Are two Motel 6 locations in Phoenix routinely sending in leads to immigration agents when they suspect guests of being undocumented?
While an investigation by the Phoenix New Times was unable to get confirmation from Motel 6 headquarters, employees at the motels in question said that collaboration with Immigration and Customs Enforcement (ICE) is standard practice: "We send a report every morning to ICE—all the names of everybody that comes in," a front-desk clerk told the New Times.
"Every morning at about 5 o'clock, we do the audit and we push a button and it sends it to ICE." What's more, court documents show that "between February and August, ICE agents made at least 20 arrests at Motel 6s, showing up roughly every two weeks" while there was a distinct lack of "records indicating that ICE conducted arrests at other local motels during this same time period."
So ICE teams show up, claiming to be "following a lead" or to have "received information," and then they go right to the doors of people who arouse the suspicions of motel clerks and demand papers. People who can't provide documents are whisked away. Keep in mind that as far as we know clerks have no reason to suspect these people of having committed any crime other than lacking standard American identification docs—they have no way of knowing about outstanding warrants or other possible crimes. All they know is when someone shows a Mexican ID at check in.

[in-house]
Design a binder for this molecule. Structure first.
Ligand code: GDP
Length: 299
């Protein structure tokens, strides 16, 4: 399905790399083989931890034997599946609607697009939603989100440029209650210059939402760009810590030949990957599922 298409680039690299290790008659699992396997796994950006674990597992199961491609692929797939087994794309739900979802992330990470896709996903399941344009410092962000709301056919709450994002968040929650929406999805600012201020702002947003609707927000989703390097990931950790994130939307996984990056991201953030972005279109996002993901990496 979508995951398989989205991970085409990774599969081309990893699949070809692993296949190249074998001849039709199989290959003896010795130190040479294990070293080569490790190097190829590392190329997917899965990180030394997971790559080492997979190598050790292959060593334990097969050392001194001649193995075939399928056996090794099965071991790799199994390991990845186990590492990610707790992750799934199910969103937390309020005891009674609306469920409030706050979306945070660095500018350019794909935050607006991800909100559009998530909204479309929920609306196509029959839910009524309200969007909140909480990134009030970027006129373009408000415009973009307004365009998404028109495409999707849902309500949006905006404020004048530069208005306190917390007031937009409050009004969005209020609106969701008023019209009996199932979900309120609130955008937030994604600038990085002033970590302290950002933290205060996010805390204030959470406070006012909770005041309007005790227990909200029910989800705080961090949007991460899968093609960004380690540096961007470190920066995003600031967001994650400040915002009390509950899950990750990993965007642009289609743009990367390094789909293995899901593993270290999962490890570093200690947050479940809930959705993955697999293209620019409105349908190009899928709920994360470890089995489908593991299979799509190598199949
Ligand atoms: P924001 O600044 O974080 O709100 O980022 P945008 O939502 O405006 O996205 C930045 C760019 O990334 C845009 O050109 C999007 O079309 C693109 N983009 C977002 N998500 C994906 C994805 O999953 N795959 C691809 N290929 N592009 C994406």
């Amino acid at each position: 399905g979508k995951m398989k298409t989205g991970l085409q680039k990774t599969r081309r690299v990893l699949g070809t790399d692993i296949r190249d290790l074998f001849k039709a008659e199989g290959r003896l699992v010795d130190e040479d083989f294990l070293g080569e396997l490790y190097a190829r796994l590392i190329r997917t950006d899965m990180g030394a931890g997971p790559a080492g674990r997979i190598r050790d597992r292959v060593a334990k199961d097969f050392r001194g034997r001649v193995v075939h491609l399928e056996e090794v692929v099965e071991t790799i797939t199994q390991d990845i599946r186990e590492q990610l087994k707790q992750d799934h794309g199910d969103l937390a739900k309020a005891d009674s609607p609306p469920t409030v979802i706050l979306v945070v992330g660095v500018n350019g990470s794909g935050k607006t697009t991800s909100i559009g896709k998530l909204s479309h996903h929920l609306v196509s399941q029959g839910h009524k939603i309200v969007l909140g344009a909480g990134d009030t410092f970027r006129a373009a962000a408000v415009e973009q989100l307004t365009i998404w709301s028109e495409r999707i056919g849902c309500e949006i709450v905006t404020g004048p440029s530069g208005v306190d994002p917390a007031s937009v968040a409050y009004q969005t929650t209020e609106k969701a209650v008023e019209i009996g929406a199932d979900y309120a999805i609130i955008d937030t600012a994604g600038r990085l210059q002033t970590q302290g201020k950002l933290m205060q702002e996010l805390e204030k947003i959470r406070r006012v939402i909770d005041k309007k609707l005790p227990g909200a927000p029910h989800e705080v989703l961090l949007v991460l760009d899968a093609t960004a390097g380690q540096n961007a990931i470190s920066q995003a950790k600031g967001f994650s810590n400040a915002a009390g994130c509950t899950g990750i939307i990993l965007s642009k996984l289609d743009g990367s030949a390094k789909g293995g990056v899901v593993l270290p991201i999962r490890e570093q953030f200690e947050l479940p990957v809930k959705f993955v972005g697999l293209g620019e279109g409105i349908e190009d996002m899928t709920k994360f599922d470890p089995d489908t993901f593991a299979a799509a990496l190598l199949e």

Motel 6 has a history of nationwide narc-ery, as documented by the American Civil Liberties Union in a 2015 statement about the chain's habit of collaboration with local police. And the Phoenix locations are corporate-owned, not franchised, which makes it less likely that these are rogue operators.
In 2015, the Supreme Court ruled that hotels do not have to comply with warrantless police requests to hand over guest information, so if Motel 6 is in fact routinely handing over guest information without a warrant, they're not doing so under legal threat of punishment.
In short: If you live in Arizona and you're an undocumented immigrant, better not book a room at a Motel 6.
And personally, I'm with Phoenix-based attorney Robert McWhirter, who told the New Times: "I'll tell you one goddamned thing for sure—I'm not staying at a Motel 6 from now on."
UPDATE: Motel 6 has issued a statement in response to news coverage claiming the problem was local. I remain skeptical, given the chain's history of cooperation with law enforcement:
Statement Regarding Recent Media Reports on Phoenix-area Location pic.twitter.com/MPxaspNA6b
— Motel 6 (@motel6) September 14, 2017